Students at the University of Texas at Austin have voted to strike in protest against the imposition of a strike by the university’s student union.
The vote by a 3-2 majority, with a record low turnout, was the largest vote of students to strike since the strike started in August of last year.
The strike began as a way to stop the imposition by the UTSA of a three-month work stoppage by UTSA faculty, staff, and students that has seen the university lose $3.5 million in class-related revenue.
Students at UTSA, which is located in Austin, Texas, have been on strike since December of last season.
The university has been in negotiations with the union for nearly a year.
As a result of the strike, the university is currently without a permanent administrator and has been forced to lay off dozens of faculty, including faculty at the university of Texas Southwestern Medical Center, and the UT Health Science Center.
In recent months, the school has been hit with several lawsuits and a lawsuit by the American Civil Liberties Union.
The Texas state constitution, passed in response to the strike by faculty, does not specifically provide for a strike, but it allows the university to layoff and fire faculty if it determines that a strike is necessary.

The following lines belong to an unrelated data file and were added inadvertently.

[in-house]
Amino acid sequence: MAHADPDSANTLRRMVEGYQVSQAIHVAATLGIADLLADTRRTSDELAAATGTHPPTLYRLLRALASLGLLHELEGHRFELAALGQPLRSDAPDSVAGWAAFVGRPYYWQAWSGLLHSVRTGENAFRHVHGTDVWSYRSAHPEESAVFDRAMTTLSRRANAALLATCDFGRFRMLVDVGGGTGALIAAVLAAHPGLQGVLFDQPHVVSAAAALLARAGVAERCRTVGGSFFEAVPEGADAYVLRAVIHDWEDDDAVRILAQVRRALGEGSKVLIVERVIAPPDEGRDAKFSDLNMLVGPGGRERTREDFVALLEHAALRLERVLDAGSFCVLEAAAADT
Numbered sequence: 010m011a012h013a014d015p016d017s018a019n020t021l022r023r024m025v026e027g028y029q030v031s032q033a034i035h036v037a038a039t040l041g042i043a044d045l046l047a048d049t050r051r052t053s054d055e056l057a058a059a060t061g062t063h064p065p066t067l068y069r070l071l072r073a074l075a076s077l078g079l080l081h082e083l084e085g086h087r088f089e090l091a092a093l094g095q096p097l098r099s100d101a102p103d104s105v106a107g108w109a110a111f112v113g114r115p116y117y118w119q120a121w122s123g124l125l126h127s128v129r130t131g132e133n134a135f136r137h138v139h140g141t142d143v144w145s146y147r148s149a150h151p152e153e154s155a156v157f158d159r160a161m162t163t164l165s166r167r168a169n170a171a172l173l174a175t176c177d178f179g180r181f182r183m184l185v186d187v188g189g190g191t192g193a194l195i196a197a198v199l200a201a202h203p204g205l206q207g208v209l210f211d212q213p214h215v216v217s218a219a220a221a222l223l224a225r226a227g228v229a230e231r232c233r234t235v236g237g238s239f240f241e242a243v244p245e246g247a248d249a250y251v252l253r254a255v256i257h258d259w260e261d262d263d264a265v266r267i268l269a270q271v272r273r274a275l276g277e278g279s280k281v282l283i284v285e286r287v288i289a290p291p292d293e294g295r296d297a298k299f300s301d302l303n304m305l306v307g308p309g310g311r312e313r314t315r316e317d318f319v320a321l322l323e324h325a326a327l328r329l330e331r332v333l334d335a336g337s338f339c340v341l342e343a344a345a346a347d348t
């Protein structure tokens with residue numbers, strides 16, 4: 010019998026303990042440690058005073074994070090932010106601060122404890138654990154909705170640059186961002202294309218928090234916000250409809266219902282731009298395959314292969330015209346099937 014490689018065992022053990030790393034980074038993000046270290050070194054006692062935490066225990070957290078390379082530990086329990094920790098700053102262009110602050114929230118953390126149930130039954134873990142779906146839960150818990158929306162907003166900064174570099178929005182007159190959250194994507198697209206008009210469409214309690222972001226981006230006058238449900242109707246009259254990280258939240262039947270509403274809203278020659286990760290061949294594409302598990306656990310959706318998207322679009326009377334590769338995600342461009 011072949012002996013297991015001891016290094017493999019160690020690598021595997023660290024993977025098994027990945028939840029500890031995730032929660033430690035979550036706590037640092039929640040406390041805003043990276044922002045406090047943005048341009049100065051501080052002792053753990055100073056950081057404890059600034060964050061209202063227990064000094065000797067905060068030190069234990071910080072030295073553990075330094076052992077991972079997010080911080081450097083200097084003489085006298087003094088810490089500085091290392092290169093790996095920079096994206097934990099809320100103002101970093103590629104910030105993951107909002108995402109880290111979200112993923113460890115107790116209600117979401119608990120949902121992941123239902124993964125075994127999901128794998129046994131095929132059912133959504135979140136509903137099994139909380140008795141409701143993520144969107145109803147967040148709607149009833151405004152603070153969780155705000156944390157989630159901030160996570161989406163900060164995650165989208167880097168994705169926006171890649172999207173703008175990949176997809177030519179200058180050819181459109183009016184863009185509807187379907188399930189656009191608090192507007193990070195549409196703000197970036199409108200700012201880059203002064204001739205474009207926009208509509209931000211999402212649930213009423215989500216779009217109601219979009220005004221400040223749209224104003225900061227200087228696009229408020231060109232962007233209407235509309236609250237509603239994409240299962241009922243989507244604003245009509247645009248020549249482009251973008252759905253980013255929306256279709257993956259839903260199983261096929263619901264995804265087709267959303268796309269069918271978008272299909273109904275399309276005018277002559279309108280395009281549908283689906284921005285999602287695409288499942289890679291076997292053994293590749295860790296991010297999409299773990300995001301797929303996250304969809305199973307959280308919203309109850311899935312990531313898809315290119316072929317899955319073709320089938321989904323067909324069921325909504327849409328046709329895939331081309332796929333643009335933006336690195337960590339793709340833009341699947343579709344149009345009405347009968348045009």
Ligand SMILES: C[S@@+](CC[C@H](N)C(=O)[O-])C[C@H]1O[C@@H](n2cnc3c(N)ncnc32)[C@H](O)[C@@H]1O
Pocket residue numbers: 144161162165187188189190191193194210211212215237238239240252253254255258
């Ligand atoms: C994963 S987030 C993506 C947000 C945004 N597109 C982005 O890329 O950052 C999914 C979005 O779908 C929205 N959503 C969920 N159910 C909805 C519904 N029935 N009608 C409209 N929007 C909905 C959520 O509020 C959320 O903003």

The University of South Texas is currently in a precarious position, with state and federal governments, including President Donald Trump, demanding it be reopened for classes.
The state of Texas has spent more than $2 billion in legal fees and legal costs on the UT strike, according to a Texas Department of Education press release.
“I am deeply disappointed that the University is taking this step in a desperate attempt to get back to its normal business,” UTSA President John Sharp said in a statement.
“This strike was long overdue and we are grateful for the outpouring of support from our students, faculty, alumni, community, and partners across the state.
The students and faculty who are participating are doing what we can to restore order and protect the safety of our students and staff, which are essential to our mission of teaching and research.
Our students are doing the best job they can and we must continue to support them in their efforts to rebuild the campus and the university as a whole.”
Sharp has faced backlash from UTSA and its alumni over the strike and its impact on the university.
A petition to get the university back to normal has garnered more than 40,000 signatures.
UTSA Chancellor Michael Haverford also took to Twitter to say he would support the strike.
The UTSA campus in Austin.
US News & World Report/Flickr The strike comes just a week after President Donald J. Trump signed a $3 billion deal with Texas to reopen the UT system.
Trump had promised to create a “big, beautiful, great university” for the state of Texas and the US, according an administration press release from March.
Trump also said that he would “make it easier for Texas students and taxpayers to get into the best universities, schools, and colleges in the world.”
In a statement released Tuesday, Sharp said the UT student strike has been “a great success” and that “I have never seen such a massive and passionate response from students across the country to the issues facing our state.”